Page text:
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Ateliers J&J - "There is room for something between IKEA and Vitra." Design - 18 February 2015

J&J, for Jean and Jonathan, a pair of strapping chaps, mates for 15 years, both French but ‘Brusselers’ by adoption, who started their own business three years ago. A very promising first collection, undeniable know-how and an authentic approach: these lads really do have everything going for them. 

What’s your background story?
Jean : I worked in Switzerland for a big furniture company and I used to assemble the furniture for the customers in their homes. I soon noticed that they were all buying the same things – which, for that matter, were fairly expensive given the quality. From then on, I decided to get involved in making furniture, with no claim to or particular interest in design, which was completely unfamiliar territory to me.

What made you decide to work together?
Jonathan : I’d had the opportunity to learn about joinery in previous jobs. And, one day, Jean turned up and started talking to me about his dream of making furniture out of wood and metal. He just put it to me like that, as though he might have said, “Hey, how about playing tennis then?”. But it soon became something serious.

How would you define your working philosophy?
Jonathan : We started with an observation : there’s a huge gulf between volume retail furniture and designer pieces that cost a fortune. Why not try to position ourselves between the two extremes and try to work with good materials within an affordable price range?
Jean : Products intended for the majority of people don’t necessarily have to be cheap and ugly. There’s room for something between Vitra and Ikea.

And you started just like that?
Jonathan: We really did start from scratch. We’re both self-taught, without any training apart from some basic knowledge of construction. We had to invest in tools and books, which taught us about the standards applied in the world of furniture, from the comfort of chairs to the heights of desks.

How did you finance your early stages?
Jean : It took us two years to set up the project and to pay for the workshop and machinery, among other things by working on building sites. We had to learn how to handle a bending machine. We did quite a few test runs and made thousands of mistakes …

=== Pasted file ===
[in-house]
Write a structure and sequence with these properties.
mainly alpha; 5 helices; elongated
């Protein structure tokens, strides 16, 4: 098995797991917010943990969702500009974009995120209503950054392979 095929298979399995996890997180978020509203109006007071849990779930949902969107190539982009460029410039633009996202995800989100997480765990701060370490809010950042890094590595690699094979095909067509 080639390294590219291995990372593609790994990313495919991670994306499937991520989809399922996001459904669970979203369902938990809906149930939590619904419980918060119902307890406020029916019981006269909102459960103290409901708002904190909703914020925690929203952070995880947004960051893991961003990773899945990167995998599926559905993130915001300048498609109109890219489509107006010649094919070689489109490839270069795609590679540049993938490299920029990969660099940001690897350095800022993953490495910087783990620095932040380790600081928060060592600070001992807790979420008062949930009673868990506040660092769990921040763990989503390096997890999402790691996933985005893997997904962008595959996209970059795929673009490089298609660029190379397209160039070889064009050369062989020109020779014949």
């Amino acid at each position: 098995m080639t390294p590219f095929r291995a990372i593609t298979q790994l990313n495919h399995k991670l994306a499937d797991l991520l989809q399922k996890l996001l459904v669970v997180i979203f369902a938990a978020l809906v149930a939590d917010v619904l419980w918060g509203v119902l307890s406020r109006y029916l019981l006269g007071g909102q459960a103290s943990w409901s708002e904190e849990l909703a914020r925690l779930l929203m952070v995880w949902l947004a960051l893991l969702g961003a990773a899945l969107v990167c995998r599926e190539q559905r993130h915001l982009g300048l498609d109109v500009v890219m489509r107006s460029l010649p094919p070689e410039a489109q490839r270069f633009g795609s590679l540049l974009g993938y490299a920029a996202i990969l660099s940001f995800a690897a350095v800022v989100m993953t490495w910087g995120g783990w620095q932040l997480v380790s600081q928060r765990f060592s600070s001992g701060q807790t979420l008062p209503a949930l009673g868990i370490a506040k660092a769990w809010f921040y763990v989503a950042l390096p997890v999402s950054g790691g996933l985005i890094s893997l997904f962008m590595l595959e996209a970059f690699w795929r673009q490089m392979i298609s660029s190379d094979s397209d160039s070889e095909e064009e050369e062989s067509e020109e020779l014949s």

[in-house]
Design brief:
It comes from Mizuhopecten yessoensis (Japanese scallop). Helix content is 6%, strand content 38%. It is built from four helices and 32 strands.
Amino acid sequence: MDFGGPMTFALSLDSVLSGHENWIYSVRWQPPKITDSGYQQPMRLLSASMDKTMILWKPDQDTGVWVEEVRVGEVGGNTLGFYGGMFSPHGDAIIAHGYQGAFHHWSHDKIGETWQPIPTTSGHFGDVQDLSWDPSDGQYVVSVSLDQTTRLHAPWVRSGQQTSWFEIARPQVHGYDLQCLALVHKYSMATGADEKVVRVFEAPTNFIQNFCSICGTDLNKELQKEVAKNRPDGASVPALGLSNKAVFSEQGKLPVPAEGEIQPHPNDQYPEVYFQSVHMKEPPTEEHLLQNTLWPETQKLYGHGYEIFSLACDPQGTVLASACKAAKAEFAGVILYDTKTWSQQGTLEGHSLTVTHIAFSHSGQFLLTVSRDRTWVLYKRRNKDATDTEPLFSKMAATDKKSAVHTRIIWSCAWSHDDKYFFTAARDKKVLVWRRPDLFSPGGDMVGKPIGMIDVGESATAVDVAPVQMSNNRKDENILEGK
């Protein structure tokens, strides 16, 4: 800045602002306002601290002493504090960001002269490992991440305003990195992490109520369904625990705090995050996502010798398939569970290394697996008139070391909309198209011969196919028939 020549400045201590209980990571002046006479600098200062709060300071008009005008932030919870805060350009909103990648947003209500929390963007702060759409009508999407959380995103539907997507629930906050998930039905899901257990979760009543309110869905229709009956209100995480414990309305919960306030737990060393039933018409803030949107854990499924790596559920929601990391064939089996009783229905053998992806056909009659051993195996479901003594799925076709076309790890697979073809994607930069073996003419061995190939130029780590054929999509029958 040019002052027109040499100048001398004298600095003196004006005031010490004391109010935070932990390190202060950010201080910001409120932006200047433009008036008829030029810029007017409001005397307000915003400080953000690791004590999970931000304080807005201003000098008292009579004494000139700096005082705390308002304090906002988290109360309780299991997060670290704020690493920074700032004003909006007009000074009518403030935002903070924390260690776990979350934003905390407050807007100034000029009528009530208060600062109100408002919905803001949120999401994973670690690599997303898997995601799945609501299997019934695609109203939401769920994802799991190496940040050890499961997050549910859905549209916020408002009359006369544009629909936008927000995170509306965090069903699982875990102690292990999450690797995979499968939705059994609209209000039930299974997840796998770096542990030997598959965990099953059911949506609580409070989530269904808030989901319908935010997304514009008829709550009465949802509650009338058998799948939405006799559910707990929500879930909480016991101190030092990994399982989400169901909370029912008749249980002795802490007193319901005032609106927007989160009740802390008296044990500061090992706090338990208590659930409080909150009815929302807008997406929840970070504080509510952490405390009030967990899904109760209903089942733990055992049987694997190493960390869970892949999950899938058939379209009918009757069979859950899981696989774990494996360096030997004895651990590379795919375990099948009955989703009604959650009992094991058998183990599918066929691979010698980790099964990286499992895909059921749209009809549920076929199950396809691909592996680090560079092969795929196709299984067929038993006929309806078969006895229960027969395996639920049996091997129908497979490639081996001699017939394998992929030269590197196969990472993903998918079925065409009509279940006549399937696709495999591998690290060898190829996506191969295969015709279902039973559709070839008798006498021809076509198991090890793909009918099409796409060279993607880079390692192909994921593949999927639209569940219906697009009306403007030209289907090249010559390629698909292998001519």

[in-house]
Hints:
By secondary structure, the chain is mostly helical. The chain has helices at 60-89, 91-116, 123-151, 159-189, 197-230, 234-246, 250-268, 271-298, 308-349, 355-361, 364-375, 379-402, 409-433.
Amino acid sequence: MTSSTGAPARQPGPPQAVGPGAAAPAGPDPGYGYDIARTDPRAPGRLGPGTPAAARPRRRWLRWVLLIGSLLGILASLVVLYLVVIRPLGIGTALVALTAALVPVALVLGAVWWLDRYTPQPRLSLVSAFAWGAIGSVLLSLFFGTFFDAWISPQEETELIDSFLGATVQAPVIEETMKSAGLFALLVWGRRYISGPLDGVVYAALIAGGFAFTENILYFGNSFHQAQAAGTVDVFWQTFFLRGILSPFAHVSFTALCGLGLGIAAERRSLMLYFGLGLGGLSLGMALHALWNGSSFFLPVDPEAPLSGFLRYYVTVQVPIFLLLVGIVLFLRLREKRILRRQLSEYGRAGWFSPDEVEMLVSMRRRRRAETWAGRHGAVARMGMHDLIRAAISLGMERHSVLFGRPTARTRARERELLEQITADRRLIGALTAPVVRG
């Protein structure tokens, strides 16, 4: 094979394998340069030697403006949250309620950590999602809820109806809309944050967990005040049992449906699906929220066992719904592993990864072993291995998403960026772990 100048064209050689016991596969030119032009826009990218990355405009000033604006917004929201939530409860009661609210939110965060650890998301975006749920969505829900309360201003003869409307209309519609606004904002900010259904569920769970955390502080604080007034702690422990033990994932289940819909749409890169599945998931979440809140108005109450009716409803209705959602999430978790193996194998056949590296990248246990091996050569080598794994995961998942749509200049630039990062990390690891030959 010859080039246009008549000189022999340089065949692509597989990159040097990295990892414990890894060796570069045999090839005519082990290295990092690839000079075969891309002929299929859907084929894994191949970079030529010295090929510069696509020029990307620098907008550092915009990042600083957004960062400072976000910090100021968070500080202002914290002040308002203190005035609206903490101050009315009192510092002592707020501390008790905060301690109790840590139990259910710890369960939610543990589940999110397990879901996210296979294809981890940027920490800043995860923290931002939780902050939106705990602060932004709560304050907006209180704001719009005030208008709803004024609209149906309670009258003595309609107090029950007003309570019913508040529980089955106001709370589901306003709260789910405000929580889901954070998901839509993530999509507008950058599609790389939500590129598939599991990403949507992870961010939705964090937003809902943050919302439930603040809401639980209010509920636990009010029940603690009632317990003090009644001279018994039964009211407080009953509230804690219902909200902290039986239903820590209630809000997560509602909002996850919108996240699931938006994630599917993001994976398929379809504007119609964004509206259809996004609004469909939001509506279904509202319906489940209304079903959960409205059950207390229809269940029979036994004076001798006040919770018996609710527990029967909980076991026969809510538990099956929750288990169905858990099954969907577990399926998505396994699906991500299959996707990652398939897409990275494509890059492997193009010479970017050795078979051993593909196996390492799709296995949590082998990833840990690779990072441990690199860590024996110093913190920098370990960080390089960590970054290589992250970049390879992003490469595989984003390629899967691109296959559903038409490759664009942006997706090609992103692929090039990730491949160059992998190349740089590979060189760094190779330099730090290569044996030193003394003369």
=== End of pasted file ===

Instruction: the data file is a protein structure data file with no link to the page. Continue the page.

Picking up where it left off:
Jonathan : Then, after two years, we succeeded in bringing out a range of eight pieces, which seemed as coherent as possible to us, both aesthetically and in terms of prices. Then we took the plunge. Thanks to a sort of sponsor, we were able to find a venue and we put on our own exhibition, self-managed and self-financed.

And how did that go? What was the response from the public?
Jonathan : From that first expo onwards, there was interest. People caught on straightaway.
Jean : Before that, we didn’t know whether or not we had something viable, and that positive feedback finally proved that we hadn’t spent two years getting into debt and slogging away for thousands of hours for nothing.

So, you can devote yourselves to it full time?
Jonathan : We’ve been making a living from it for eight to ten months and we can now devote ourselves to it 100%. We’re perfectly aware that it’s a huge stroke of luck. But it also has to be acknowledged that we work like crazy: we get the 6.30 a.m. train to get to the workshop and we work countless hours. It’s a choice and it’s worth it.

What plans do you have for 2015?
Jean : We’re planning to bring out a second range for September, which will consist of interior fittings systems, as well as a collection of furniture that can be dismantled. After the Courtrai Biennial, we’ve just got back from the IMM in Cologne and we’ll soon have the chance to take part in the Salone Satellite of Milan with Belgium is Design and WBDM. We feel ready, we want to show our work and get ourselves known. In fact, we’re looking for a certain level of visibility more than for a producer or dealer.

Text by Maxime Fischer

Copyrights pictures : Christophe Coënon


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